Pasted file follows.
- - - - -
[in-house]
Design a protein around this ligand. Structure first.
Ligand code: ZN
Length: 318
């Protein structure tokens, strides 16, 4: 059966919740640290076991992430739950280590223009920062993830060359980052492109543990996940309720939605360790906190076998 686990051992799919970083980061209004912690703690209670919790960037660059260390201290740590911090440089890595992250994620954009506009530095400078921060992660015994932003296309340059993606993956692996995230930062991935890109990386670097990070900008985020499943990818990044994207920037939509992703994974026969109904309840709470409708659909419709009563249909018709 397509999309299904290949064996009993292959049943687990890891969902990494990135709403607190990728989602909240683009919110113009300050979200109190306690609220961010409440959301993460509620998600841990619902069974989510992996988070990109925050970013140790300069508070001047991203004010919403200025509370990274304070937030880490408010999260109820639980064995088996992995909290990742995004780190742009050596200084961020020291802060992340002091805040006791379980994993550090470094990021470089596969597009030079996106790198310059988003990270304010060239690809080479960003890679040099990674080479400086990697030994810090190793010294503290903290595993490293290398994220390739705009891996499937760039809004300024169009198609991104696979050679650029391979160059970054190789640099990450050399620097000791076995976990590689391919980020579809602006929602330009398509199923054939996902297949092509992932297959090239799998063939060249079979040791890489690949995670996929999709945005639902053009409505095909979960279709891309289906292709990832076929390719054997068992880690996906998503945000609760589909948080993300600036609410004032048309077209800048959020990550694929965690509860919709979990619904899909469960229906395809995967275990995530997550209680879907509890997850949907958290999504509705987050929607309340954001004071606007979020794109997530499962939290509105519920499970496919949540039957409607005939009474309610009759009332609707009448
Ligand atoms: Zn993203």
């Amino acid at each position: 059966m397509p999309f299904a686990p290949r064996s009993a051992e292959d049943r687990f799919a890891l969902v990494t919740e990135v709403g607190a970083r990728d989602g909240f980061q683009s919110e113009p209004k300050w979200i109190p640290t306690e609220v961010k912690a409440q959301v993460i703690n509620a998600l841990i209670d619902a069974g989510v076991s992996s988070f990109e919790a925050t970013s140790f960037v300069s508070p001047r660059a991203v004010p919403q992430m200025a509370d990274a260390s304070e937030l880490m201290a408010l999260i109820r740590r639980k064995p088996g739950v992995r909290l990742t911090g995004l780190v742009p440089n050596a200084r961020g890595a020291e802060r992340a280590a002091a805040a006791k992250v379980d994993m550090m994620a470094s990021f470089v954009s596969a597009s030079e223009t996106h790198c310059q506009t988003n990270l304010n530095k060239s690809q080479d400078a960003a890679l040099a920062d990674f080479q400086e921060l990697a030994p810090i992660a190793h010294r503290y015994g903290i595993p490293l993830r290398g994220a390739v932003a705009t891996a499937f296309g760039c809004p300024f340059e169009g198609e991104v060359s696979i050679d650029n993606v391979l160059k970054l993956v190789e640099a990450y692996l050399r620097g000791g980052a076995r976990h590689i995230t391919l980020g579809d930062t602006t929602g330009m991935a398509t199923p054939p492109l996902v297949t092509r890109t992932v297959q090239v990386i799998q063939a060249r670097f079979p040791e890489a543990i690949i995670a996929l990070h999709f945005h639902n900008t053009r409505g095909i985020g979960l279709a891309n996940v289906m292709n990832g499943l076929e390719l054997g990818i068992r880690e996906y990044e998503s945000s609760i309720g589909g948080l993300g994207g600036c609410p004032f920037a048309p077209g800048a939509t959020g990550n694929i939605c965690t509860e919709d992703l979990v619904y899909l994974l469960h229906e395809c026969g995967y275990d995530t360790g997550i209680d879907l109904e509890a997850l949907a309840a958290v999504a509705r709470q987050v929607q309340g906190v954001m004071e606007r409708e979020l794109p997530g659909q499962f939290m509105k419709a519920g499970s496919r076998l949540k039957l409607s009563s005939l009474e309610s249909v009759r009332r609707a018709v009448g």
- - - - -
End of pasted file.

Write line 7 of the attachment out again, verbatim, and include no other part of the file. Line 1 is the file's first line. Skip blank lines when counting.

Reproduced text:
């Amino acid at each position: 059966m397509p999309f299904a686990p290949r064996s009993a051992e292959d049943r687990f799919a890891l969902v990494t919740e990135v709403g607190a970083r990728d989602g909240f980061q683009s919110e113009p209004k300050w979200i109190p640290t306690e609220v961010k912690a409440q959301v993460i703690n509620a998600l841990i209670d619902a069974g989510v076991s992996s988070f990109e919790a925050t970013s140790f960037v300069s508070p001047r660059a991203v004010p919403q992430m200025a509370d990274a260390s304070e937030l880490m201290a408010l999260i109820r740590r639980k064995p088996g739950v992995r909290l990742t911090g995004l780190v742009p440089n050596a200084r961020g890595a020291e802060r992340a280590a002091a805040a006791k992250v379980d994993m550090m994620a470094s990021f470089v954009s596969a597009s030079e223009t996106h790198c310059q506009t988003n990270l304010n530095k060239s690809q080479d400078a960003a890679l040099a920062d990674f080479q400086e921060l990697a030994p810090i992660a190793h010294r503290y015994g903290i595993p490293l993830r290398g994220a390739v932003a705009t891996a499937f296309g760039c809004p300024f340059e169009g198609e991104v060359s696979i050679d650029n993606v391979l160059k970054l993956v190789e640099a990450y692996l050399r620097g000791g980052a076995r976990h590689i995230t391919l980020g579809d930062t602006t929602g330009m991935a398509t199923p054939p492109l996902v297949t092509r890109t992932v297959q090239v990386i799998q063939a060249r670097f079979p040791e890489a543990i690949i995670a996929l990070h999709f945005h639902n900008t053009r409505g095909i985020g979960l279709a891309n996940v289906m292709n990832g499943l076929e390719l054997g990818i068992r880690e996906y990044e998503s945000s609760i309720g589909g948080l993300g994207g600036c609410p004032f920037a048309p077209g800048a939509t959020g990550n694929i939605c965690t509860e919709d992703l979990v619904y899909l994974l469960h229906e395809c026969g995967y275990d995530t360790g997550i209680d879907l109904e509890a997850l949907a309840a958290v999504a509705r709470q987050v929607q309340g906190v954001m004071e606007r409708e979020l794109p997530g659909q499962f939290m509105k419709a519920g499970s496919r076998l949540k039957l409607s009563s005939l009474e309610s249909v009759r009332r609707a018709v009448g």